caribbeanclimate

Home » News » POLICY BRIEF: Climate data and projections: Supporting evidence-based decision-making in the Caribbean

POLICY BRIEF: Climate data and projections: Supporting evidence-based decision-making in the Caribbean

Photo Credit: NASA Goddard Space Flight Center

Download POLICY BRIEF: Climate data and projections: Supporting evidence-based decision-making in the Caribbean
No. of pages: 12
Author(s): Will Bugler, Olivia Palin and Dr Ben Rabb
Organisation(s): Acclimatise 
Format: pdf
File size: 620.51 KB

Governments in the Caribbean recognise climate variability and change to be the most significant threat to sustainable development in the region. Policies and strategies such as the regional framework for achieving development resilient to climate change and its implementation plan acknowledge the scale of the threat and provide a plan that aspires to safeguard regional prosperity and meet development goals. To do this, decision-makers need effective tools and methods to help integrate climate change considerations into their planning and investment processes. To build resilience, decision-makers can benefit from access to appropriate climate change data that are specific to their geographical location and relevant to their planning horizons.

The CARibbean Weather Impacts Group (CARIWIG) project, funded by the Climate and Development Knowledge Network (CDKN), gives access to climate data that have been downscaled, making them relevant for use in the Caribbean region. The project also provides tools that allow decision-makers to better understand the potential impacts of drought, tropical storms, rainfall and temperature changes. Caribbean decision-makers, researchers and scientists can access this data freely, through the CARIWIG website.

While these data are a useful aid for decision-making, they do not provide certainty about the scale or timing of climate impacts. The process of downscaling data makes them relevant to decisions taken at the national level in the Caribbean, but also increases the uncertainty. The data should therefore be used to inform decisions, but should not form the sole basis for action. Instead, decisions-makers should aspire to take adaptation measures that perform well over a wide range of conditions.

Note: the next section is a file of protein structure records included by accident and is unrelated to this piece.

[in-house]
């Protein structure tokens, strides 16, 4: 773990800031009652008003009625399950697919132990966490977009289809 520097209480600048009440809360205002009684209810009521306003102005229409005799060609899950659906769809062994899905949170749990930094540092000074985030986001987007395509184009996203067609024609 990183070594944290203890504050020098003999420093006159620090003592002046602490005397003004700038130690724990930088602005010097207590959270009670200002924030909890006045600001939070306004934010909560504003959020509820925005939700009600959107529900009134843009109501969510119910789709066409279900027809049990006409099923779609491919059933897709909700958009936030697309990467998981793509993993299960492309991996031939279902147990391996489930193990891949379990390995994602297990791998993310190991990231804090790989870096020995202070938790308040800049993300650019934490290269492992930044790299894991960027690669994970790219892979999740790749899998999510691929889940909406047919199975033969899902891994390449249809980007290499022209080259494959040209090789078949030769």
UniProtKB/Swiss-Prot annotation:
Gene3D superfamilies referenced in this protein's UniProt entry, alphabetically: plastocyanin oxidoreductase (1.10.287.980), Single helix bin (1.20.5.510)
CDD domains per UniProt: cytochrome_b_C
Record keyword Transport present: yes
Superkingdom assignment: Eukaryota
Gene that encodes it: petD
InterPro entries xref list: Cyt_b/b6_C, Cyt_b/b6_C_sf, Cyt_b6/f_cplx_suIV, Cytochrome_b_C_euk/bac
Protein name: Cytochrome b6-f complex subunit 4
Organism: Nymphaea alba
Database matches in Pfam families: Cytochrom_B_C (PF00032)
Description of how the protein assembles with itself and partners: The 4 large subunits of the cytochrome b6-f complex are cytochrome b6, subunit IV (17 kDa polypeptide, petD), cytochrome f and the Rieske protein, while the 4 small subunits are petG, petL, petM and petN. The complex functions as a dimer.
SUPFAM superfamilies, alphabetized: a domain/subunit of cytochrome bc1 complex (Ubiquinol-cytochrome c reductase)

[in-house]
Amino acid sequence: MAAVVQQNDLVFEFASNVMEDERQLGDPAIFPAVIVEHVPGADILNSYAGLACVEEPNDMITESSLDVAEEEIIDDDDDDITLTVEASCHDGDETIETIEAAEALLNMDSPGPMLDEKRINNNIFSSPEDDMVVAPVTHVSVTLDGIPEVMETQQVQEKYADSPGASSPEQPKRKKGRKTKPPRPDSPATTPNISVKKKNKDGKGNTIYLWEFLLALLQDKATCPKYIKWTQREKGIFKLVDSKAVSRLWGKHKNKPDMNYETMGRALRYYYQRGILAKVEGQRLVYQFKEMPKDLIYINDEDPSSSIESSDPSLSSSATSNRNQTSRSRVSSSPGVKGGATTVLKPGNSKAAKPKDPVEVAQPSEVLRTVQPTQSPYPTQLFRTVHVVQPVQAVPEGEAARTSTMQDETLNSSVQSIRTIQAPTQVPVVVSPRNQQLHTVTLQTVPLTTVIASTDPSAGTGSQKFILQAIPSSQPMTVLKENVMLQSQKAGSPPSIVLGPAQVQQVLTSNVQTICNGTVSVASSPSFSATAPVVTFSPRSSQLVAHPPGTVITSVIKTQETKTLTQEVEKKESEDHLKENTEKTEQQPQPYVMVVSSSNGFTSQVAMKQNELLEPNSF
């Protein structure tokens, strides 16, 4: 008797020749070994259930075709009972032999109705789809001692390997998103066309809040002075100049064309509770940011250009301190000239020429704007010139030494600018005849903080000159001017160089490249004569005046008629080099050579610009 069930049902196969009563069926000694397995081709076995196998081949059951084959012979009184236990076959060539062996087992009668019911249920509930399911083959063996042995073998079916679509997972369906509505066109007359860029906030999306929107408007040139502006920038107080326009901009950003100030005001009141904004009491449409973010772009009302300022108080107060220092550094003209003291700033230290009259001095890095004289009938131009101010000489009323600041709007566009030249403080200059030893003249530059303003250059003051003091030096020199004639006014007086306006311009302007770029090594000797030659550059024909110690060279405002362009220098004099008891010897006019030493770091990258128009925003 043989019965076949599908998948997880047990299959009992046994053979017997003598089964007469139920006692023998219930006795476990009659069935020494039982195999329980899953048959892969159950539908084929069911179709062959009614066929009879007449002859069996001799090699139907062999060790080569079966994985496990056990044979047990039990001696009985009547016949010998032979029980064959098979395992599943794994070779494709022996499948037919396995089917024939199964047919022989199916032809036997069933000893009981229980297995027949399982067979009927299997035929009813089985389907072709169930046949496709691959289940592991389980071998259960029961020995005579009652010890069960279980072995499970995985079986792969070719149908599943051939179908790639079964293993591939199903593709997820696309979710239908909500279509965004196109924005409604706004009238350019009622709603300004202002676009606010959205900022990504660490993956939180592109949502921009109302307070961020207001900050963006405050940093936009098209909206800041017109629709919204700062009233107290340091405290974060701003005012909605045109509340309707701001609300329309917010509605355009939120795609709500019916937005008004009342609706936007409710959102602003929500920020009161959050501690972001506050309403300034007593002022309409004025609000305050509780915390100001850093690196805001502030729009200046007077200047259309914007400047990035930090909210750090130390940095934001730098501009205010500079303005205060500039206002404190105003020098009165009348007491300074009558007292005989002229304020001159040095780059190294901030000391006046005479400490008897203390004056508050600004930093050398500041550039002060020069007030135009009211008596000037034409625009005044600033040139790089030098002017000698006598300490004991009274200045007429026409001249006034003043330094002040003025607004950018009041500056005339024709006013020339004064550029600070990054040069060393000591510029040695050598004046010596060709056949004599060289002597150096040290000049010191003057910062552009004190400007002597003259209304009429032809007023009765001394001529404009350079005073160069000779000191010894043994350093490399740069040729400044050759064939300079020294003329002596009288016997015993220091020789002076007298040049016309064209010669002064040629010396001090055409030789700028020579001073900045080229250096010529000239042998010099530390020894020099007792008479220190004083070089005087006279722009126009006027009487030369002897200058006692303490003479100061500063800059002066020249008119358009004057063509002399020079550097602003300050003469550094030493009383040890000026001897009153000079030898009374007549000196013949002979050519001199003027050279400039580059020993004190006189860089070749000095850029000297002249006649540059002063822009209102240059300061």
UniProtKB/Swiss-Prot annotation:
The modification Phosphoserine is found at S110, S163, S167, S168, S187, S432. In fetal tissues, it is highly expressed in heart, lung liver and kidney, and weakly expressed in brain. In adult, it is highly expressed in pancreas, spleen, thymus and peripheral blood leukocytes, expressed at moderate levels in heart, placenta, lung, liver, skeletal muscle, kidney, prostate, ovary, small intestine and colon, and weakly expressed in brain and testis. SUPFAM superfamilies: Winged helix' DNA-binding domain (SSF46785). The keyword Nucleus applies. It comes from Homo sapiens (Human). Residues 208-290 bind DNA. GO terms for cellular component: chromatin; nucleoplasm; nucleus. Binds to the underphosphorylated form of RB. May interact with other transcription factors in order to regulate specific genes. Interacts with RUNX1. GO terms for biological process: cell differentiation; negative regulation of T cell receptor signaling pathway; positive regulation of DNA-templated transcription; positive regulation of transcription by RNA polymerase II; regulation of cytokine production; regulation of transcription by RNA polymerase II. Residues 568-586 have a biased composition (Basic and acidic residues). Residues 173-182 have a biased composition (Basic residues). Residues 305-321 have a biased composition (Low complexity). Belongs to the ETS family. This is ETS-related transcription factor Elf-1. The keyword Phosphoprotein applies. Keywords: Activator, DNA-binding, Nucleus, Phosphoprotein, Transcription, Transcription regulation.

This policy brief provides an overview of CARIWIG data and information and how they can be used, pointing to illustrative examples of how they have been applied in several Caribbean countries. It also provides decision-makers with the tools necessary to make effective climate decisions in the face of uncertainty.

Key messages

  • Climate data and projections that are relevant to the Caribbean region are available through the online CARIWIG portal.
  • Historical climate data and future projections are available for a range of climate variables.
  • A suite of simulation tools, including a weather generator, a tropical storm model and a regional drought analysis tool are also freely available.
  • These resources are useful for decision makers. When combined with other data and information, they can help to build a picture of potential impacts to key economic sectors in the Caribbean.
  • A series of case studies shows how these resources have been applied to real-world situations in Caribbean countries.
  • The Caribbean Community Climate Change Centre (CCCCC) is providing training and support on how to use CARIWIG outputs.
  • CDKN-funded projects provide methods and tools for decision makers to take proactive action to build climate resilience, despite the uncertainty that comes with future
Credit: Climate & Development Knowledge Network (CDKN)

Leave a Reply

Fill in your details below or click an icon to log in:

WordPress.com Logo

You are commenting using your WordPress.com account. Log Out / Change )

Twitter picture

You are commenting using your Twitter account. Log Out / Change )

Facebook photo

You are commenting using your Facebook account. Log Out / Change )

Google+ photo

You are commenting using your Google+ account. Log Out / Change )

Connecting to %s

%d bloggers like this: